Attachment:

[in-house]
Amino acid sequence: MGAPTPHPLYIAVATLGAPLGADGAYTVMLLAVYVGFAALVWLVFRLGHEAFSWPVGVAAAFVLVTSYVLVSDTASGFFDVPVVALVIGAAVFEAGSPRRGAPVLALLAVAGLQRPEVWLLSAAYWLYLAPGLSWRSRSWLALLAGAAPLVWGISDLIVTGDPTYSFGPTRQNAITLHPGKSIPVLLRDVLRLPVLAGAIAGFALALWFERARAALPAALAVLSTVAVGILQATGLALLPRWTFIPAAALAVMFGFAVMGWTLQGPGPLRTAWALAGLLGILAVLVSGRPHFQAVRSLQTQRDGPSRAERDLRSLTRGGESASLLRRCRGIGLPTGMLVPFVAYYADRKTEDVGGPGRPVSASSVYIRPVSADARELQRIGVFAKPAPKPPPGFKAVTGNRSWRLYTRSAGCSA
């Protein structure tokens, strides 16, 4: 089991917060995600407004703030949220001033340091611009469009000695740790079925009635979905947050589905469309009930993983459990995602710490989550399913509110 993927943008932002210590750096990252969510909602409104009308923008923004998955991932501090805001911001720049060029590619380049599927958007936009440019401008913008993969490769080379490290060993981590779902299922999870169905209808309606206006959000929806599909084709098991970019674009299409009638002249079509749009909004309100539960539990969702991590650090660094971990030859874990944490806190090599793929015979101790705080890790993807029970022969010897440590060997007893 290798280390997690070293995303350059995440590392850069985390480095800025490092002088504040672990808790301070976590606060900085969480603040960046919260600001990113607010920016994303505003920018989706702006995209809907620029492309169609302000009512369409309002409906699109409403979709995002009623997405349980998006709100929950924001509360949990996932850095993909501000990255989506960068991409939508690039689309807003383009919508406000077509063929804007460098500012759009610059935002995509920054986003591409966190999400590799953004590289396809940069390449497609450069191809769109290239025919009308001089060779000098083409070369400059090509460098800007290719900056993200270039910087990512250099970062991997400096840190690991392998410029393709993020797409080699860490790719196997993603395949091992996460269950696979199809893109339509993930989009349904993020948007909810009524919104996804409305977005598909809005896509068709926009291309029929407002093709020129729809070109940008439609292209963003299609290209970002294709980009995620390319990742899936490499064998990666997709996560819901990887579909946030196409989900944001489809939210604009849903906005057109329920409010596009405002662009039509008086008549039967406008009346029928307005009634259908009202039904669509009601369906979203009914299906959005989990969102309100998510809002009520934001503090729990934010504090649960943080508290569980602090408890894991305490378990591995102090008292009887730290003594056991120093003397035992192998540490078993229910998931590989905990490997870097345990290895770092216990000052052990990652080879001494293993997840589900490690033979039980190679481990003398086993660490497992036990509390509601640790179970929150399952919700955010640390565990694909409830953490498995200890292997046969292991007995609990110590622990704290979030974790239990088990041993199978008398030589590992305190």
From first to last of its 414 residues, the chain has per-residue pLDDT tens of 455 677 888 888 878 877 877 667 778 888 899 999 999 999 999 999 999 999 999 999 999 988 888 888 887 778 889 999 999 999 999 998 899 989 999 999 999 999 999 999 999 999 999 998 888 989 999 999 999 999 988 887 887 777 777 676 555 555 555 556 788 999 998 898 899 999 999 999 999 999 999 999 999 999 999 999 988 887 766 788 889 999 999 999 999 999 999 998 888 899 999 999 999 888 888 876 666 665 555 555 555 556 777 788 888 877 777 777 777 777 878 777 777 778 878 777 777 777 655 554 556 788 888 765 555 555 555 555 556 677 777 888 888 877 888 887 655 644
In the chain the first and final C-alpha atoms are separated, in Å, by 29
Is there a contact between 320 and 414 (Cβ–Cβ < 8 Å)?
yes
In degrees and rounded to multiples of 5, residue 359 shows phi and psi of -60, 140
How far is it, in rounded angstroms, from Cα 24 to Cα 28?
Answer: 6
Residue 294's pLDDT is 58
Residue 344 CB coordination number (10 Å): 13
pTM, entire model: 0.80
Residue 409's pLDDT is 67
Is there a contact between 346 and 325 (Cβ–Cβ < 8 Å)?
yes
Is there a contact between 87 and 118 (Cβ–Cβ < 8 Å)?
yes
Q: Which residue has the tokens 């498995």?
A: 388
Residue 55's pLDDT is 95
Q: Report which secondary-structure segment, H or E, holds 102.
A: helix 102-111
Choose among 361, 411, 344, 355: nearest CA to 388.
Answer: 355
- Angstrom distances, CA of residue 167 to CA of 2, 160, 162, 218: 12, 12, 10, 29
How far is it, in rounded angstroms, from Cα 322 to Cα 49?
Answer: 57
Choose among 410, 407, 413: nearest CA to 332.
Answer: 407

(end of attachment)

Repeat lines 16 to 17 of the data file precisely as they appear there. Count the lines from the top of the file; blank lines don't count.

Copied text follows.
yes
Is there a contact between 87 and 118 (Cβ–Cβ < 8 Å)?